|Education||Twickenham Art School|
Pennie Smith (born in London) is an English photographer, known for her photography of the rock music industry. She specialises in black-and-white photography.
Smith attended Twickenham Art school in the late 1960s, studying graphics and fine art. With others, she collaborated with graphic designer Barney Bubbles and music journalist Nick Kent in producing Friends magazine from 1969 to 1972. In 1970 she designed the sleeve for the Pink Fairies debut release Never Never Land.
In her career, Smith has photographed some well-known rock musicians including: Led Zeppelin, The Rolling Stones, The Who, Iggy Pop, Sweet, The Clash, The Jam, The Slits, Siouxsie Sioux, Debbie Harry, U2, Morrissey, The Stone Roses, Primal Scream, Manic Street Preachers, Radiohead, Blur, Oasis, David Smith and The Strokes.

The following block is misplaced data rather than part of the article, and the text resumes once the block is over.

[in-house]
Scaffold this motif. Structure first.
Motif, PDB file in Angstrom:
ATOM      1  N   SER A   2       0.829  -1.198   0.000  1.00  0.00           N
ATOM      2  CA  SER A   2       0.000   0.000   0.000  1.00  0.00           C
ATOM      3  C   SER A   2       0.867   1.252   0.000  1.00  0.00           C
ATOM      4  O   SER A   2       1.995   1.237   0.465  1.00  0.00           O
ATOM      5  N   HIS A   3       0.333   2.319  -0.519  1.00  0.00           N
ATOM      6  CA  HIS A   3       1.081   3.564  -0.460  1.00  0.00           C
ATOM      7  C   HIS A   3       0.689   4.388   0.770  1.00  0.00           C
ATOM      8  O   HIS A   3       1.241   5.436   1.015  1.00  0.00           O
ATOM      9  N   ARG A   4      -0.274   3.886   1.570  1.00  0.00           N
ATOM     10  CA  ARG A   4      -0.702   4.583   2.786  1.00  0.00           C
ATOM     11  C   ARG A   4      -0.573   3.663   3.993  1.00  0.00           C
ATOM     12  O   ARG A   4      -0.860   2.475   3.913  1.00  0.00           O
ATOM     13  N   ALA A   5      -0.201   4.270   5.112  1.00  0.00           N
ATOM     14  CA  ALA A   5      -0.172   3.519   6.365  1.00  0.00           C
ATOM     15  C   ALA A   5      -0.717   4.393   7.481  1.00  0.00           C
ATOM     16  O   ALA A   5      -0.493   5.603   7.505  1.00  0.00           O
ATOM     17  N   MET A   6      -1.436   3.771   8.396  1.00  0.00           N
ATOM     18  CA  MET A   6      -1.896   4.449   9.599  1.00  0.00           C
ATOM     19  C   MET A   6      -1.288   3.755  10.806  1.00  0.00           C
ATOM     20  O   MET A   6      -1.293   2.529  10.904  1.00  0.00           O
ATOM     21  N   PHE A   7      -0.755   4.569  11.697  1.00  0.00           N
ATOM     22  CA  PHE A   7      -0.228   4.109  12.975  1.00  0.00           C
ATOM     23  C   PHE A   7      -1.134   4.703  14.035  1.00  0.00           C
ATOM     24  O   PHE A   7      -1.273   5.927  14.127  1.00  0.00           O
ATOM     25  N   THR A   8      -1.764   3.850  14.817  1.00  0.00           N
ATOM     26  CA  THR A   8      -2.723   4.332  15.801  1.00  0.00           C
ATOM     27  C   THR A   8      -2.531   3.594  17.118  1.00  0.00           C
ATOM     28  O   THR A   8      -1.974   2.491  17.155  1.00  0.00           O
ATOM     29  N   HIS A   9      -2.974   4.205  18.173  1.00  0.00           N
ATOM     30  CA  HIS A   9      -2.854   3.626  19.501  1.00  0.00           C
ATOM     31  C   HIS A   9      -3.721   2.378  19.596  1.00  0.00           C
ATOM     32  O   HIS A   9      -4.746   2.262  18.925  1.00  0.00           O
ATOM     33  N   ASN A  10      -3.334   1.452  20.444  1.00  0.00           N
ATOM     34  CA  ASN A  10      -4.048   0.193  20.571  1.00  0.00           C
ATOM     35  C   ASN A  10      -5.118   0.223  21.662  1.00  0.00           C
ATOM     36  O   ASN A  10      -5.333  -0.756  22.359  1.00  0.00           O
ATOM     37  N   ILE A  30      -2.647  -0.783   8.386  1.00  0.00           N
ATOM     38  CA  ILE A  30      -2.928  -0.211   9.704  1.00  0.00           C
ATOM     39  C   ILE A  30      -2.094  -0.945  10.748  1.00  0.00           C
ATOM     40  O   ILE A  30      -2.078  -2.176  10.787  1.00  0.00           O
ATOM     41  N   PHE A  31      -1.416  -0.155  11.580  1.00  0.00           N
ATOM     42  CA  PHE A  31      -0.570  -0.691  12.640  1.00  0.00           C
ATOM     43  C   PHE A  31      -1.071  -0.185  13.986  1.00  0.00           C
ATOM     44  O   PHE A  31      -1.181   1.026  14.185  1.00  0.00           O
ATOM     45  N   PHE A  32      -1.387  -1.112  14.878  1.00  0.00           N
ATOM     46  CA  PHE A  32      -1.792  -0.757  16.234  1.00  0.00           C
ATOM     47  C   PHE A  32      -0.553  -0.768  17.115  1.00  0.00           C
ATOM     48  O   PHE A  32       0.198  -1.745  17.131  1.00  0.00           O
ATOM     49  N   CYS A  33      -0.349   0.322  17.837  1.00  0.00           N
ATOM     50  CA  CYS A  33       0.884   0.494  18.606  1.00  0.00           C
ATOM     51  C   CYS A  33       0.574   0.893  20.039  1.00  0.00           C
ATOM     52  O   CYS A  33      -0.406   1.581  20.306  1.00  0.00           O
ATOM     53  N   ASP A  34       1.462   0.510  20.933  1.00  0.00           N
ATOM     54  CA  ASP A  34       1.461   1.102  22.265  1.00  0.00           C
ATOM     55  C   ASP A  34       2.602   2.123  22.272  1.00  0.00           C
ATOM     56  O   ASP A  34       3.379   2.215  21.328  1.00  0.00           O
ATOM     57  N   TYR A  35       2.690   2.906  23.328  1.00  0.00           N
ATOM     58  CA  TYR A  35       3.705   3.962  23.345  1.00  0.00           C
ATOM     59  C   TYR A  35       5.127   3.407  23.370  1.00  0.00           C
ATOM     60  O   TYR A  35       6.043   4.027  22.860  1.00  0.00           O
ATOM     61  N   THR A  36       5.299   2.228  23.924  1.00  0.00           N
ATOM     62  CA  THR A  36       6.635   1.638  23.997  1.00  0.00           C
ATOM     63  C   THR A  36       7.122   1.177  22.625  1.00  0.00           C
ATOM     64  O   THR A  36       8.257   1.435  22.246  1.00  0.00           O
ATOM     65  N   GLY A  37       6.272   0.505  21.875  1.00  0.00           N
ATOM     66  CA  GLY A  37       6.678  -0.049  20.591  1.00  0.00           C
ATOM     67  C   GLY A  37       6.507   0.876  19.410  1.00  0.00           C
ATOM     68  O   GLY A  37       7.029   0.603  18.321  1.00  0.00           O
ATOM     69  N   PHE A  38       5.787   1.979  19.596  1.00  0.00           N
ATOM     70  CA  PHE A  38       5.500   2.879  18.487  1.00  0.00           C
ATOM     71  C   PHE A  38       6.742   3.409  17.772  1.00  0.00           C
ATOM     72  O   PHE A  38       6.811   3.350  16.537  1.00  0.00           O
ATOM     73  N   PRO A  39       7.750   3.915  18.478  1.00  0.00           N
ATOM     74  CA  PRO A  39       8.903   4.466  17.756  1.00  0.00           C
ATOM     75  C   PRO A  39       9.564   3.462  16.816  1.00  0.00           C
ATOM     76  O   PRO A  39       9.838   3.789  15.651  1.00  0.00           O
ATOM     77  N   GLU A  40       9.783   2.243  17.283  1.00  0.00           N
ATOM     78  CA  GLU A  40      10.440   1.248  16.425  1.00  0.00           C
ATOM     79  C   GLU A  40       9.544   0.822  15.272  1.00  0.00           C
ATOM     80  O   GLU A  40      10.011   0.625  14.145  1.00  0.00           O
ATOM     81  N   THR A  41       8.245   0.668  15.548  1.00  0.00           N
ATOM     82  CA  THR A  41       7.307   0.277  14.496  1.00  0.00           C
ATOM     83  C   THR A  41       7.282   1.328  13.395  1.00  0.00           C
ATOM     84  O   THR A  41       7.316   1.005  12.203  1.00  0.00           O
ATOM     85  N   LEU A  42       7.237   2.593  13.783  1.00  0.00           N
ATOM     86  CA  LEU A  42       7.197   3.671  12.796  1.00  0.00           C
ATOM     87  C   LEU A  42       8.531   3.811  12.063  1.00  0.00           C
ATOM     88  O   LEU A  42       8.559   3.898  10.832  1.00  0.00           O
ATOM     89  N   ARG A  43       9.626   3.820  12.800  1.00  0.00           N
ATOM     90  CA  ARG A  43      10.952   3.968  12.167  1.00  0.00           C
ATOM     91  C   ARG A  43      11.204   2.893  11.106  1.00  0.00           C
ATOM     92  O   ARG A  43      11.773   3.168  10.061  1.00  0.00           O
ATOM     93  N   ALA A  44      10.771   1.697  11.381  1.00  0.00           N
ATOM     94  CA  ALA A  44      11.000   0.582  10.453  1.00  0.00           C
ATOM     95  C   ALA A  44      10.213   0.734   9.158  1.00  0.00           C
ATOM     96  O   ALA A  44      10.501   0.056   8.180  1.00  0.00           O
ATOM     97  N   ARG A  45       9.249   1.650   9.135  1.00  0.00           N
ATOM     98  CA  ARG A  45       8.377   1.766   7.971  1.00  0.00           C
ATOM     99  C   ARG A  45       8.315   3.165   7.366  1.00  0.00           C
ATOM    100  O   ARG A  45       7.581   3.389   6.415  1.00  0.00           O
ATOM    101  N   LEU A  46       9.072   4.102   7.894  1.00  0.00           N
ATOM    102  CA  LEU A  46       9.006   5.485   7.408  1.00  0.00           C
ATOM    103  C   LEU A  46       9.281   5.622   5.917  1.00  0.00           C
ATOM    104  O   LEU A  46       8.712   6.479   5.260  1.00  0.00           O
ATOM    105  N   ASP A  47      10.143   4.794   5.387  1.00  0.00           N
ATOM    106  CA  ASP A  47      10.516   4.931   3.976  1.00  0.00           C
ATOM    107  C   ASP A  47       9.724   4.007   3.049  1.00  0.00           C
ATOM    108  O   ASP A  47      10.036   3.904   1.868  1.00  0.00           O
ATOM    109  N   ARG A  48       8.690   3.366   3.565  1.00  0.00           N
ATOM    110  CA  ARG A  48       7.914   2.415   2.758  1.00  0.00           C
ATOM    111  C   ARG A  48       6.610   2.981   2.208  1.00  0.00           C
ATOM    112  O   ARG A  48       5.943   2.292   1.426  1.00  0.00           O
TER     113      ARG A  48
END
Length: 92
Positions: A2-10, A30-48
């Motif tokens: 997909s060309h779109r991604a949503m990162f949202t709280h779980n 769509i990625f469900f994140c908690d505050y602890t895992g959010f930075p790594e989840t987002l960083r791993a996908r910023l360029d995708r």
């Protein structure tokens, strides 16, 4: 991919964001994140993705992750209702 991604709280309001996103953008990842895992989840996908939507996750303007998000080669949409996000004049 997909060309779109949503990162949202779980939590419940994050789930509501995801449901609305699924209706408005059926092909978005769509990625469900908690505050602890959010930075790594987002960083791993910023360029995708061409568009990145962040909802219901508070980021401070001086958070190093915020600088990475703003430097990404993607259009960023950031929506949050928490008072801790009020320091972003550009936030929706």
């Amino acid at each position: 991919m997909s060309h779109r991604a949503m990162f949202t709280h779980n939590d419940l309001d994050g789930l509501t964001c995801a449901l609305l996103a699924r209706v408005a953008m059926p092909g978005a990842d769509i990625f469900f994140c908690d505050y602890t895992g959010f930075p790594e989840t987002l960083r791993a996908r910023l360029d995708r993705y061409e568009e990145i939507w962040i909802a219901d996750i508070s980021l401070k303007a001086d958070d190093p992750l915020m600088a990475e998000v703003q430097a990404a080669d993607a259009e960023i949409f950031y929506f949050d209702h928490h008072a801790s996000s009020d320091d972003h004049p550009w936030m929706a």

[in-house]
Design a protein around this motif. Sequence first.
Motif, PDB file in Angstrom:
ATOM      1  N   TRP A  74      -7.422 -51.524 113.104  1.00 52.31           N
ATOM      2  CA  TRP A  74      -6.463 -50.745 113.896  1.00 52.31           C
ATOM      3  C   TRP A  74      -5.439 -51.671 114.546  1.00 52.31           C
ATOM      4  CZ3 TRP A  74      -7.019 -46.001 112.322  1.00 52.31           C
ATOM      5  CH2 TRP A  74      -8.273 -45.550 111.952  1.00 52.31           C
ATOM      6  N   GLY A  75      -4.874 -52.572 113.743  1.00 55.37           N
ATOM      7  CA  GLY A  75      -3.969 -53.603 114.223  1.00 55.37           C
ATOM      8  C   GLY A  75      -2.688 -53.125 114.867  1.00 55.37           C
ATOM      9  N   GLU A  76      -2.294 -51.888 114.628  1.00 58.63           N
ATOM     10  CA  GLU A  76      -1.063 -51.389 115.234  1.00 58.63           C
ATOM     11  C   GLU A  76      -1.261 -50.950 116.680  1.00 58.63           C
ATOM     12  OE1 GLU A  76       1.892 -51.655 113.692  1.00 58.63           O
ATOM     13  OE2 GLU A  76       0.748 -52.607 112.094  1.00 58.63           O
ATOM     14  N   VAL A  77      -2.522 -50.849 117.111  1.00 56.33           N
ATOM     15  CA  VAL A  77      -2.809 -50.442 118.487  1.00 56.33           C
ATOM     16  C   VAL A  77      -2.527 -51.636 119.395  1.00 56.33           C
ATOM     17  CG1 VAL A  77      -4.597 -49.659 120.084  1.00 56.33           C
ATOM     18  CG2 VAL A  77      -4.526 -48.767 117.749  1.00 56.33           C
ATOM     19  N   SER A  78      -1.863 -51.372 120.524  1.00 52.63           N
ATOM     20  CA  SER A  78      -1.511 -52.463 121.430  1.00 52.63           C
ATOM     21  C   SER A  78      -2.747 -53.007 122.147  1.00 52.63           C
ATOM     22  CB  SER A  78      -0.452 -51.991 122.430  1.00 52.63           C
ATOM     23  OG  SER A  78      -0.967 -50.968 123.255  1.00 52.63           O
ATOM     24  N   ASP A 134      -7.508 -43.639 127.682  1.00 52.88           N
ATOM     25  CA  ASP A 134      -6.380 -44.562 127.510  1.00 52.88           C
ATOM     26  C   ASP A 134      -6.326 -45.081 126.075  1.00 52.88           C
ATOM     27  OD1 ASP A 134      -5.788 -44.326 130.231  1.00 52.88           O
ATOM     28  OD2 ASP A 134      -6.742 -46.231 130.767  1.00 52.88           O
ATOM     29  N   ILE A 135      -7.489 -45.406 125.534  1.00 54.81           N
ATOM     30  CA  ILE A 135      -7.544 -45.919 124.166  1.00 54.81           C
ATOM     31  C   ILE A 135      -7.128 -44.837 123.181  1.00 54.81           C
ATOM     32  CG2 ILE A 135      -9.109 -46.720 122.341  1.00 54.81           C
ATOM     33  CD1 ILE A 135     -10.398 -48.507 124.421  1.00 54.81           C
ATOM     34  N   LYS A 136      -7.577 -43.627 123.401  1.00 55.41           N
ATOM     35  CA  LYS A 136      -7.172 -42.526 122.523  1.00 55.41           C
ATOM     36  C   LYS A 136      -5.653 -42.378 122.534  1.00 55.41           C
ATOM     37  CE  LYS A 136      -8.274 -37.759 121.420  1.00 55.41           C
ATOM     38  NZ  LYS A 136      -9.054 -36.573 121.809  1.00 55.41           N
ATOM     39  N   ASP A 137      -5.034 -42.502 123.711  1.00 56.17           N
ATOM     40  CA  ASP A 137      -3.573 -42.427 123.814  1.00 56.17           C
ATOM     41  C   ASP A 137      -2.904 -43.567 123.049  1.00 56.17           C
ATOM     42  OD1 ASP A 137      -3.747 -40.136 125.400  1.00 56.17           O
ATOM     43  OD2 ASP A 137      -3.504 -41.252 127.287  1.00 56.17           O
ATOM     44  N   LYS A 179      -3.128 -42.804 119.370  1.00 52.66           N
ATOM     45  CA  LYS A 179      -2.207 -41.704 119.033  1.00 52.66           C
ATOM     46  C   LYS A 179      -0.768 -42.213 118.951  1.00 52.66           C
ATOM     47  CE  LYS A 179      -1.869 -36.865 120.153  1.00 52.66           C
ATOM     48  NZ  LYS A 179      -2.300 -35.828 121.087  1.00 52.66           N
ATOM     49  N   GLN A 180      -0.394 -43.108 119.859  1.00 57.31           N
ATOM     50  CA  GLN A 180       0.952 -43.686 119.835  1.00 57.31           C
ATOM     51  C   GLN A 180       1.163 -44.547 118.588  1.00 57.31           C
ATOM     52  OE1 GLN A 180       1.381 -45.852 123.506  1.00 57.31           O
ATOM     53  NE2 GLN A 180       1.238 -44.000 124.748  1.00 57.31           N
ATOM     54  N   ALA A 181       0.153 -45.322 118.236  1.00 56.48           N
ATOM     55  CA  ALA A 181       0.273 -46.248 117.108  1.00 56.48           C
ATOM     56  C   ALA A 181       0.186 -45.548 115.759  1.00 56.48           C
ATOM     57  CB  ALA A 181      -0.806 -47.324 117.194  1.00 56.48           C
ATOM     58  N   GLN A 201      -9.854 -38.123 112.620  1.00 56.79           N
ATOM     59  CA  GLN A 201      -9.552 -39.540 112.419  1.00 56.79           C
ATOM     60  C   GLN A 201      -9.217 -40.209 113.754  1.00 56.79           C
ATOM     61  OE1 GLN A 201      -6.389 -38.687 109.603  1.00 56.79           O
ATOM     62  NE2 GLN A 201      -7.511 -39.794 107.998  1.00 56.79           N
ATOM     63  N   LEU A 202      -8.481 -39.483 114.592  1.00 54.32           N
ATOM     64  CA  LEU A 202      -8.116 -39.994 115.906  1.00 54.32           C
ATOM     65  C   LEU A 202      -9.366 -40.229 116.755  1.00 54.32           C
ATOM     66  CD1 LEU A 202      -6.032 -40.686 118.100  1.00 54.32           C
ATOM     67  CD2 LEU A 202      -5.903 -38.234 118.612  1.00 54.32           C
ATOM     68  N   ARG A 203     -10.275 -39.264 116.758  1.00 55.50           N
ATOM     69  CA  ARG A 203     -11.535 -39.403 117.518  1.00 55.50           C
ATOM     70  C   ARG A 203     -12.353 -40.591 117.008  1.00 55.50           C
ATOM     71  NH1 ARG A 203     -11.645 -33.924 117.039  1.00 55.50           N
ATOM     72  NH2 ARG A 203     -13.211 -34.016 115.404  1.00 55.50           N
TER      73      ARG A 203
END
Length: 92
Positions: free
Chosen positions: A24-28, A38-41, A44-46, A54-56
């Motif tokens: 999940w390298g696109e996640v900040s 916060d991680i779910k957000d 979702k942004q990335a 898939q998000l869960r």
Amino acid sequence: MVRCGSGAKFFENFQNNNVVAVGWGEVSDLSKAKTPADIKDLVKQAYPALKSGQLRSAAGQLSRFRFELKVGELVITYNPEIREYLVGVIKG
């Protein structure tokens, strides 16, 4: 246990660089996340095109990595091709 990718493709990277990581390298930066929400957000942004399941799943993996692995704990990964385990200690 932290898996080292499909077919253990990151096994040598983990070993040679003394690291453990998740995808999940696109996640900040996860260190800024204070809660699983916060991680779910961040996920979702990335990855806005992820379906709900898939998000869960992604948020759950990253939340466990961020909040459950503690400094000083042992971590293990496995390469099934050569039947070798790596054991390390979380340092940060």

In addition to her portrait work she has covered tours with musicians, including a photograph of The Clash's Paul Simonon smashing his bass guitar on the stage in New York City during a 1979 tour. The photograph went on to be used on the cover of the Clash album London Calling, designed by Ray Lowry, and received Q magazine's "Greatest Rock 'n' Roll Photograph of All-Time" award in 2002.
Smith's work has appeared on the covers and pages of the NME, on album sleeves, promotional material and has featured in books. In 1980 her best selling book, The Clash, Before and After, was published.
In 2002, Smith received the award for "Godlike Genius" (the NME's name for its Lifetime Achievement award) at the NME Awards.
Smith currently lives and works in a disused railway station in West London, which she bought and converted into a studio while she was a student, and freelances in black and white reportage photography.